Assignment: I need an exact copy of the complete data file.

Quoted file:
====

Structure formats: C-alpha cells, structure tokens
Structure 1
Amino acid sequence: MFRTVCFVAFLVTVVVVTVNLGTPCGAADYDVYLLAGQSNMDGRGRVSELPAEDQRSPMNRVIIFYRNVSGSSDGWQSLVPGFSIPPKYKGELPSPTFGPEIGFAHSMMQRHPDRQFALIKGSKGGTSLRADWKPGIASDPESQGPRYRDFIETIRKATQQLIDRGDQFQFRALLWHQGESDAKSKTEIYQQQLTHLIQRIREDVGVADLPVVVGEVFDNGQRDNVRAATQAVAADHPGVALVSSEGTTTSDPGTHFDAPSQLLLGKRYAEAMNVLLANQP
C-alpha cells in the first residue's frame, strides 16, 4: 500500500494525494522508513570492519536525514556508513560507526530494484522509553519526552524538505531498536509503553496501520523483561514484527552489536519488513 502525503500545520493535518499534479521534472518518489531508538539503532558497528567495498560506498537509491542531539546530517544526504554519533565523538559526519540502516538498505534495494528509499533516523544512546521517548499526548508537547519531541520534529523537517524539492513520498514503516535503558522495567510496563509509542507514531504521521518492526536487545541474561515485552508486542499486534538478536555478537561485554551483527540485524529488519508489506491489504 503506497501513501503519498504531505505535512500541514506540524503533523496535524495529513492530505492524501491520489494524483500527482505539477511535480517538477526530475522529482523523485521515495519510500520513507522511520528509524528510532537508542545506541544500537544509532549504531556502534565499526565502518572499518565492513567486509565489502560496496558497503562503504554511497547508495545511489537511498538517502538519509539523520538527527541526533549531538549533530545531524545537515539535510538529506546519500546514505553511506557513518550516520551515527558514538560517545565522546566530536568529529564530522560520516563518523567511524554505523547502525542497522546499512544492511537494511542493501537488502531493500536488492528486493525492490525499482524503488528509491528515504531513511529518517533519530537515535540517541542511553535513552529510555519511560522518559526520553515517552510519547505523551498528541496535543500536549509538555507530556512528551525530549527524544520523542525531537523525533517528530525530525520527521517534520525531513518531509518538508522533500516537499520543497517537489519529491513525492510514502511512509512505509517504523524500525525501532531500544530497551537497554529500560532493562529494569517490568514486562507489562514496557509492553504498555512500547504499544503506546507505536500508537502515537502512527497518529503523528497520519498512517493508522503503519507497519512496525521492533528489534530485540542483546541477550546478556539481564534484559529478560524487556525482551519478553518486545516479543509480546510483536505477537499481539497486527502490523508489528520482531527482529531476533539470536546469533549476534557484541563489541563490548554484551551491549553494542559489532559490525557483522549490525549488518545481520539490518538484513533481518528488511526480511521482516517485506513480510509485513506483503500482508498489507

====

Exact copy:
Structure formats: C-alpha cells, structure tokens
Structure 1
Amino acid sequence: MFRTVCFVAFLVTVVVVTVNLGTPCGAADYDVYLLAGQSNMDGRGRVSELPAEDQRSPMNRVIIFYRNVSGSSDGWQSLVPGFSIPPKYKGELPSPTFGPEIGFAHSMMQRHPDRQFALIKGSKGGTSLRADWKPGIASDPESQGPRYRDFIETIRKATQQLIDRGDQFQFRALLWHQGESDAKSKTEIYQQQLTHLIQRIREDVGVADLPVVVGEVFDNGQRDNVRAATQAVAADHPGVALVSSEGTTTSDPGTHFDAPSQLLLGKRYAEAMNVLLANQP
C-alpha cells in the first residue's frame, strides 16, 4: 500500500494525494522508513570492519536525514556508513560507526530494484522509553519526552524538505531498536509503553496501520523483561514484527552489536519488513 502525503500545520493535518499534479521534472518518489531508538539503532558497528567495498560506498537509491542531539546530517544526504554519533565523538559526519540502516538498505534495494528509499533516523544512546521517548499526548508537547519531541520534529523537517524539492513520498514503516535503558522495567510496563509509542507514531504521521518492526536487545541474561515485552508486542499486534538478536555478537561485554551483527540485524529488519508489506491489504 503506497501513501503519498504531505505535512500541514506540524503533523496535524495529513492530505492524501491520489494524483500527482505539477511535480517538477526530475522529482523523485521515495519510500520513507522511520528509524528510532537508542545506541544500537544509532549504531556502534565499526565502518572499518565492513567486509565489502560496496558497503562503504554511497547508495545511489537511498538517502538519509539523520538527527541526533549531538549533530545531524545537515539535510538529506546519500546514505553511506557513518550516520551515527558514538560517545565522546566530536568529529564530522560520516563518523567511524554505523547502525542497522546499512544492511537494511542493501537488502531493500536488492528486493525492490525499482524503488528509491528515504531513511529518517533519530537515535540517541542511553535513552529510555519511560522518559526520553515517552510519547505523551498528541496535543500536549509538555507530556512528551525530549527524544520523542525531537523525533517528530525530525520527521517534520525531513518531509518538508522533500516537499520543497517537489519529491513525492510514502511512509512505509517504523524500525525501532531500544530497551537497554529500560532493562529494569517490568514486562507489562514496557509492553504498555512500547504499544503506546507505536500508537502515537502512527497518529503523528497520519498512517493508522503503519507497519512496525521492533528489534530485540542483546541477550546478556539481564534484559529478560524487556525482551519478553518486545516479543509480546510483536505477537499481539497486527502490523508489528520482531527482529531476533539470536546469533549476534557484541563489541563490548554484551551491549553494542559489532559490525557483522549490525549488518545481520539490518538484513533481518528488511526480511521482516517485506513480510509485513506483503500482508498489507